Can Hyperloop really decentralise Thailand? A closer look at Transpod feasibility study.May 17, 2019
To begin with, this is a massive project. 1514 km of Hyperloop track is nowhere near any other projects proposed so far. Therefore, there is a big uncertainty for each claim and it has to be double checked before taken for granted.
The study analyses each route separately. Chiang Mai – Bangkok (690 km), Bangkok – Phuket (725 km) and Chiang Mai – Phuket (1514 km). For each connection to Bangkok the total existing number of trips is estimated to be around 15m passengers per year. Additionally, it is estimated that only around 0.5m passengers travel directly between Chiang Mai and Phuket.
Due to the strong centralisation of Thailand population in the metropolitan area of Bangkok it was decided that the pods will stop only at end stops skipping the cities along the way in the first phase of the project. As stated by the authors, the added economic benefits don’t offset the cost of building additional stations and time it takes to stop the capsules.
At the same time the study mentions theoretical benefits which may come from the Hyperloop line in smaller cities even though it was decided that building stations there is not worth it due to too small demand.
Building high-speed transportation systems can act as a catalyst to drive economic growth and provide strong economic benefits. Indeed, as the project will aim to connect smaller cities, it is foreseeable that cities such as Nakhon Sawan turn into successful suburban. Consequently, it will be possible for many hyperloop users to live in smaller cities and take a pod to go to work in Bangkok, Chiang Mai or Phuket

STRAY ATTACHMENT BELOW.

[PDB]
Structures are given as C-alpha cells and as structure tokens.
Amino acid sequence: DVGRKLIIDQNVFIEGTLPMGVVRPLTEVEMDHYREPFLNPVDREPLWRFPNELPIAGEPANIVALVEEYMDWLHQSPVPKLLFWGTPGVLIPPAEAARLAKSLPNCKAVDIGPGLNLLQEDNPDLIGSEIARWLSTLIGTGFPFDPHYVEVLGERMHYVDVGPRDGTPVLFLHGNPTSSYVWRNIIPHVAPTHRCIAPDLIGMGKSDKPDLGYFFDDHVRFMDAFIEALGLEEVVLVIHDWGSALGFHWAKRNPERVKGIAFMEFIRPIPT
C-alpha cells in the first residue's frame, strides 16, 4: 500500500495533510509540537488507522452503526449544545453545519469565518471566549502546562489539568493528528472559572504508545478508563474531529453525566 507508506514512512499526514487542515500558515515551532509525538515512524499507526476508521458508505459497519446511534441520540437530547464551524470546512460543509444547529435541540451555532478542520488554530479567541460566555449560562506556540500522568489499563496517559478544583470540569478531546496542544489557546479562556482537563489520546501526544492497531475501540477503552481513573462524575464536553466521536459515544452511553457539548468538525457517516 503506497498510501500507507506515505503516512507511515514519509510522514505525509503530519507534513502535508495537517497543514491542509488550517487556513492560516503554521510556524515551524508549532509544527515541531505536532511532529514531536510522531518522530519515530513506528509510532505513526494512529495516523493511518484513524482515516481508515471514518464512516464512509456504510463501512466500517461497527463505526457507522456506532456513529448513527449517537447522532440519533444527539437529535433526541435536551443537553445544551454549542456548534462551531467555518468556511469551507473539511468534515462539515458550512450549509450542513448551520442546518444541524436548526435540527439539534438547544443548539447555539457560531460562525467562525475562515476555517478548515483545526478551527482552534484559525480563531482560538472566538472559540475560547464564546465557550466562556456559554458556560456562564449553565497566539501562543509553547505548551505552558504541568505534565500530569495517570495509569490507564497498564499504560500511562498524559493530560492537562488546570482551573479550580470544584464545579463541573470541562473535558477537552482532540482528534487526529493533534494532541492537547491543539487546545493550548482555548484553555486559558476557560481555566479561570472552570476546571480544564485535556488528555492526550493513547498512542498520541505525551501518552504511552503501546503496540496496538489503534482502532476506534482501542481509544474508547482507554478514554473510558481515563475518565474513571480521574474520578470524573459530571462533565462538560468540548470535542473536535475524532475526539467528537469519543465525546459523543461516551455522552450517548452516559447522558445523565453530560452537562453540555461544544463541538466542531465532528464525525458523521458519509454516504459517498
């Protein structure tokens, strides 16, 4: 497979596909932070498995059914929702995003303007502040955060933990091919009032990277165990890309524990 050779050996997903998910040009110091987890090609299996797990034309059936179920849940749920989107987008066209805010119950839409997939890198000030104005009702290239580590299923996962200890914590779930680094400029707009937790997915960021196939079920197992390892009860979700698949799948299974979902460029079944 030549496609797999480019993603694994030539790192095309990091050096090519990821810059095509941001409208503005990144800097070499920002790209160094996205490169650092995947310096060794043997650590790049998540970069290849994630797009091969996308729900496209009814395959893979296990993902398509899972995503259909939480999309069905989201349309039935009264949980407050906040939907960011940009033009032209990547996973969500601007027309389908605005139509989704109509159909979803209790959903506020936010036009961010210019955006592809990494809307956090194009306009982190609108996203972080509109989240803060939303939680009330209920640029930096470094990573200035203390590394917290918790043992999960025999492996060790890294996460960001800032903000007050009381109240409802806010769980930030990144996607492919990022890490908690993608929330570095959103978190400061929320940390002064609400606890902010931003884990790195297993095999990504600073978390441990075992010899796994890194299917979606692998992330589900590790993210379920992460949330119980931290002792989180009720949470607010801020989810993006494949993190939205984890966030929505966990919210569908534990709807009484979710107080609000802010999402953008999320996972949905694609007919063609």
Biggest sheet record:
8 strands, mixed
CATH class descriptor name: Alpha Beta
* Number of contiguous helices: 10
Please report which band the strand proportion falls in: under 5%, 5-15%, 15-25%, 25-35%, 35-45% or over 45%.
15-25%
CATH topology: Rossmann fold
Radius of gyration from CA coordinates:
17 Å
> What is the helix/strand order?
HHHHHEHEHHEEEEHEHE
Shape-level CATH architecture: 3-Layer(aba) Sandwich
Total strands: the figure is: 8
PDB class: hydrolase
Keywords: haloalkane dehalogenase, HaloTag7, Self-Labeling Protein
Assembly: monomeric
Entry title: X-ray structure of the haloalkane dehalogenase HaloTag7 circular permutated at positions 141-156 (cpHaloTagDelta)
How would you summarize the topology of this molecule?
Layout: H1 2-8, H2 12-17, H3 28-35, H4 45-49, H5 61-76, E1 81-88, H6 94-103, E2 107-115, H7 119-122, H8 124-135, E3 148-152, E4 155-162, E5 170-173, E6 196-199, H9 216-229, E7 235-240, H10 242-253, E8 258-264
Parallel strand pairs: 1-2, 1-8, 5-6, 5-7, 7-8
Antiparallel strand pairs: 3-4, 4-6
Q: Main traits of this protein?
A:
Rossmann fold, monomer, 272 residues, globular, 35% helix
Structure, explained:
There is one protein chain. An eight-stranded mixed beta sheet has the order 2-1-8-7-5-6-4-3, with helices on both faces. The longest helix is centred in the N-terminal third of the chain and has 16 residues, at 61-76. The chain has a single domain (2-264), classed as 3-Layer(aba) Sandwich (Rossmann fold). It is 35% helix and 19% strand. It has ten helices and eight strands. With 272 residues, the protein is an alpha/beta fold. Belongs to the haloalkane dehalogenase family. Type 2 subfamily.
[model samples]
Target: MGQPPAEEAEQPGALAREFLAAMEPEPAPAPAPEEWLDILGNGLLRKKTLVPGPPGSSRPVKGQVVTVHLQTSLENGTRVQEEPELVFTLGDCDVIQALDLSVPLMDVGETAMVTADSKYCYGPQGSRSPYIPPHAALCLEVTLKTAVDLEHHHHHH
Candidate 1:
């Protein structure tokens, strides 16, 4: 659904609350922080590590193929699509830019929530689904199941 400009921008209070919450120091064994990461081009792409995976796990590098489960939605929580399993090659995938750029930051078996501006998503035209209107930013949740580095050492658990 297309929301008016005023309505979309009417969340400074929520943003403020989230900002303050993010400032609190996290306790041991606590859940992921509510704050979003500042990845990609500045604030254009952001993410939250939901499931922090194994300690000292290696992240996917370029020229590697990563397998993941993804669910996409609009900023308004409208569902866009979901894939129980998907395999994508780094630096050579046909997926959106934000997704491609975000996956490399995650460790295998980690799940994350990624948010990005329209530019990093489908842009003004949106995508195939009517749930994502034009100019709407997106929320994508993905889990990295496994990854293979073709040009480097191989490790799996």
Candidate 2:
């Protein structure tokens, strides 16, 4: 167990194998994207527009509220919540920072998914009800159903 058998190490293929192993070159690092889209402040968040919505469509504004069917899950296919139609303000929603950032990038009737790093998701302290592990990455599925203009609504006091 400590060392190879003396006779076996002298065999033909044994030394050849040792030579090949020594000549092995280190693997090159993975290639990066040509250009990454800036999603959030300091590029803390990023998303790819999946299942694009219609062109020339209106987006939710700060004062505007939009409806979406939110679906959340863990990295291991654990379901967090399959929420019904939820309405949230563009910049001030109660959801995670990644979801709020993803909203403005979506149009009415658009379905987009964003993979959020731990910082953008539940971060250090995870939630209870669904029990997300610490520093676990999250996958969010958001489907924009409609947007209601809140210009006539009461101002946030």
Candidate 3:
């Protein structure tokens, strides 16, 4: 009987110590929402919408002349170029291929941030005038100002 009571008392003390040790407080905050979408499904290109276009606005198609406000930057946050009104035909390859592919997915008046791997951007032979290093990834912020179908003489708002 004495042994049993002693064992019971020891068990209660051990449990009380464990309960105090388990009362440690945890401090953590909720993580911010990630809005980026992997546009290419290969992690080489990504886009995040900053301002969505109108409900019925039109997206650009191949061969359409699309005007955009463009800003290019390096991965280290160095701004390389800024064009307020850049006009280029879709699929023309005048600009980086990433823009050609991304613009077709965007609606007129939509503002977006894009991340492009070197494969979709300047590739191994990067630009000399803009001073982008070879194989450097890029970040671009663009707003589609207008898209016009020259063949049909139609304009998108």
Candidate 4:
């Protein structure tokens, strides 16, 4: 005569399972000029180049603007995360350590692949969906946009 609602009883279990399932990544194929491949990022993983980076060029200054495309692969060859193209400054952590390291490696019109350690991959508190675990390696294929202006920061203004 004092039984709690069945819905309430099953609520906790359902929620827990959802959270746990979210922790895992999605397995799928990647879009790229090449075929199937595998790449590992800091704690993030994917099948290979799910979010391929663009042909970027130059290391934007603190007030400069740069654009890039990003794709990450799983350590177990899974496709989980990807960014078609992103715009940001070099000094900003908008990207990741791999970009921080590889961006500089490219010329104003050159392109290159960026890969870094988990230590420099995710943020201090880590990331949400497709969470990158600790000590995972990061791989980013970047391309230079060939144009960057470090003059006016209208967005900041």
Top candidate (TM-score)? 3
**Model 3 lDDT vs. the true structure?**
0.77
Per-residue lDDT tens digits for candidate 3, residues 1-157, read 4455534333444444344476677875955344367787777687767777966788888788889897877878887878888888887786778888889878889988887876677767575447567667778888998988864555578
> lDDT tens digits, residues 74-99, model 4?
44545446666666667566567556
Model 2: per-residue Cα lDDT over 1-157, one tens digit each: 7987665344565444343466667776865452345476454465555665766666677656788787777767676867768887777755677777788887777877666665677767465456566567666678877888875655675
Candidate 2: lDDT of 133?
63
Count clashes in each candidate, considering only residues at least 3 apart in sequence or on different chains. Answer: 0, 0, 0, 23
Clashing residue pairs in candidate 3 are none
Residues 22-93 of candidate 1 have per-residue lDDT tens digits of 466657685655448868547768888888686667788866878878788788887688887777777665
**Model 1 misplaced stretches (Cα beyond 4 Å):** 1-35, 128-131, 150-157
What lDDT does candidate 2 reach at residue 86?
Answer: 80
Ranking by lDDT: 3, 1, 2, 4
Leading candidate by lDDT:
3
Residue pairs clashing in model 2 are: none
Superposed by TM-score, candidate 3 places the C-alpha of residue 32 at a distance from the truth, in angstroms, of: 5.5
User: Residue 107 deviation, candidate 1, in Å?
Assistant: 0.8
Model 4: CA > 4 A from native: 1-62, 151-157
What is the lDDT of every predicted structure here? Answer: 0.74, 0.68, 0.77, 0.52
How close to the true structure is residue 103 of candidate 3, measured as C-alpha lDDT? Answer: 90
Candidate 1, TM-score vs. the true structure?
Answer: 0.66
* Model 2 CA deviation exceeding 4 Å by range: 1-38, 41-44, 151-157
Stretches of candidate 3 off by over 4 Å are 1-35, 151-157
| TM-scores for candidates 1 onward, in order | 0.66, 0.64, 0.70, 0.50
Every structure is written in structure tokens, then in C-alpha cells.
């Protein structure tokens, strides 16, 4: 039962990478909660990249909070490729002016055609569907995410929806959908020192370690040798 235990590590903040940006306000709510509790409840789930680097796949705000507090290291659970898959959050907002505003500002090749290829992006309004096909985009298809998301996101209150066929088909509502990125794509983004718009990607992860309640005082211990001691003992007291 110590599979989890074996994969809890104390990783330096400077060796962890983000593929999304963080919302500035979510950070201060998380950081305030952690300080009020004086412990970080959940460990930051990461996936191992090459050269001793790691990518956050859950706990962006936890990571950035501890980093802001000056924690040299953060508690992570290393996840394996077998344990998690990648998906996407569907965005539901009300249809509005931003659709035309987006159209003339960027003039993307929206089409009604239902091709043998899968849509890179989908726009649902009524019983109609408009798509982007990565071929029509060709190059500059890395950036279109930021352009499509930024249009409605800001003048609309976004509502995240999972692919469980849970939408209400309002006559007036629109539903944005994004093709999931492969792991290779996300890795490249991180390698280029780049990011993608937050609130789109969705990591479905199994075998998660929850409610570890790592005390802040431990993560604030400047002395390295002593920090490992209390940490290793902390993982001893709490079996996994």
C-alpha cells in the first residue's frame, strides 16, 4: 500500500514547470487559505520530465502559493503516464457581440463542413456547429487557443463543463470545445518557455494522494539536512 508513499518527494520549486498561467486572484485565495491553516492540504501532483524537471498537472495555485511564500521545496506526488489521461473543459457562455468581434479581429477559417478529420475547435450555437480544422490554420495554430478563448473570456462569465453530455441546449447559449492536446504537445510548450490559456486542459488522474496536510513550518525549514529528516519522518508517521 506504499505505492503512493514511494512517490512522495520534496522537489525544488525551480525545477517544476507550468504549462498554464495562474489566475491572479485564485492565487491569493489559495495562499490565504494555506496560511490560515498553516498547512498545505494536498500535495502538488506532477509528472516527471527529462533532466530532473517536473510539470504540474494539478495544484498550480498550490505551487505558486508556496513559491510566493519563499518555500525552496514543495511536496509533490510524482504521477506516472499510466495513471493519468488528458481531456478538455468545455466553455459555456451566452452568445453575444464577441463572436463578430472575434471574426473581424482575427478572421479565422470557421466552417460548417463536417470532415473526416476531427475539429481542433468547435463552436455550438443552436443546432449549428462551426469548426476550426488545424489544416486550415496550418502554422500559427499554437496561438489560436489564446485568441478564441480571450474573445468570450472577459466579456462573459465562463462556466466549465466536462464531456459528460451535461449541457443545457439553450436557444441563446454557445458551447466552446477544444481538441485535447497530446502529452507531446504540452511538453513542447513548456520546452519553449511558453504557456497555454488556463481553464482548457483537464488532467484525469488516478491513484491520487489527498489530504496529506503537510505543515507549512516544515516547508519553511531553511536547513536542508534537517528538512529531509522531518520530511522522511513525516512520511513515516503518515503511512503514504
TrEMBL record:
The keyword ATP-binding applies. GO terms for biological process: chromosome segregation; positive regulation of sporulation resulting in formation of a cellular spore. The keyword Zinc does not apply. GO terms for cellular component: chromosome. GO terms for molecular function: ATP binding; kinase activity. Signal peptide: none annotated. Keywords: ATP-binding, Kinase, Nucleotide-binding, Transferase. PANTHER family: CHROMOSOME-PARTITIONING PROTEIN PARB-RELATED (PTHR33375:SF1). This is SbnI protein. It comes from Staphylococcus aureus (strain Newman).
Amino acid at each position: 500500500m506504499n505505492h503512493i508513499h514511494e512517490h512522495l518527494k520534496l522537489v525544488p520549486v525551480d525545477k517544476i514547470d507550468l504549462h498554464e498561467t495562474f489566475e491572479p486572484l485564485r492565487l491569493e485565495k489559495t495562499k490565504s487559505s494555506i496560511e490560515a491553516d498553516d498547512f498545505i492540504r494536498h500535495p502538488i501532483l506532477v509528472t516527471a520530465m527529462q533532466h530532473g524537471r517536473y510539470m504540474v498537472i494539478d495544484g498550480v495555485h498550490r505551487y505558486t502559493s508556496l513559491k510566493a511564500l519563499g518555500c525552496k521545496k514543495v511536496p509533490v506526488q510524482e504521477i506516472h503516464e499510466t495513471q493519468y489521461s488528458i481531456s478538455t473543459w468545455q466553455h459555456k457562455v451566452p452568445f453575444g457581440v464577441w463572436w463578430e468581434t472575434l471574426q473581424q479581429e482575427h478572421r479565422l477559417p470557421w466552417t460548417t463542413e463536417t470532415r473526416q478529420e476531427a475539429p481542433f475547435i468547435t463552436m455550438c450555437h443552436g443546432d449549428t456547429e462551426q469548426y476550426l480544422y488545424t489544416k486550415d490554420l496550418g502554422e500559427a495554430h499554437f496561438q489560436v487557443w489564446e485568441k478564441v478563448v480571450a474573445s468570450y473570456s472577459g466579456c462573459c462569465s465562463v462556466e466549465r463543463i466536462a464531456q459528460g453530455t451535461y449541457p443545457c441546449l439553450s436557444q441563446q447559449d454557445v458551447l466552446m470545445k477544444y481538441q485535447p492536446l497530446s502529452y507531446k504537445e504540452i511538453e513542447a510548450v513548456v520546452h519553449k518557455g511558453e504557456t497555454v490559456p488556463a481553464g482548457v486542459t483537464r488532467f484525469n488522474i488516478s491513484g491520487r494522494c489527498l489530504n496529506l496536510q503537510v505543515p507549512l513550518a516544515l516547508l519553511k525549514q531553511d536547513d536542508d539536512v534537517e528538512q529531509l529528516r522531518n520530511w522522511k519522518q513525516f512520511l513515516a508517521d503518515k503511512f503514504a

Leaving behind the fact that the authors mention benefits which they don’t want to realise let’s look closer at their claim. Transpod says that by allowing everyone to work in Bangkok they “decentralize” the country. The very opposite was found with majority of High Speed Railways world-wide. Where smaller cities connected to the network instead of an inflow of investments saw outflow of workforce. What is the reason for that ? There are a few. In contrast to highways HSR doesn’t transport goods. As a result the goods are not being transported in any faster manner, therefore producers don’t see any incentive to move to smaller locations. At the same time it gets very easy for the people to commute to bigger metropolises. Lately the residents of Spain where protesting against the abandonment of rural areas for bigger cities. Paris is another example of centralisation. Not to mention Tokyo and Osaka regions which grew completely out of proportion. Obviously people are moving to bigger cities despite HSR, but typically it is an additional factor which facilitates that. Most Hyperloop companies claim that their technology may stabilise the real estate market. Well, if that means we will experience the same things as in Japan or France, then we can expect the exact opposite. People will use Hyperloop to commute, but even more people will decide to move to the city due to the outflow of industrial activities to major agglomerations.
Meanwhile, the bullet train has sucked the country’s workforce into Tokyo, rendering an increasingly huge part of the country little more than a bedroom community for the capital. One reason for this is a quirk of Japan’s famously paternalistic corporations: namely, employers pay their workers’ commuting costs. Tax authorities don’t consider it income if it’s less than ¥100,000 a month – so Shinkansen commutes of up to two hours don’t sound so bad.
Whether Hyperloop can ease the urban sprawl remains to be seen. Without the possibility to move large quantities of cargo preferably adapted to intermodal it is very unlikely. With just a few stations, which are not even planned in the first phase of the project along the whole 1500+ km route the impact it might have on city planning might be minimal.
In the next article analysing the Thai feasibility study we will look at the potential time savings and CO2 emissions stemming from the project.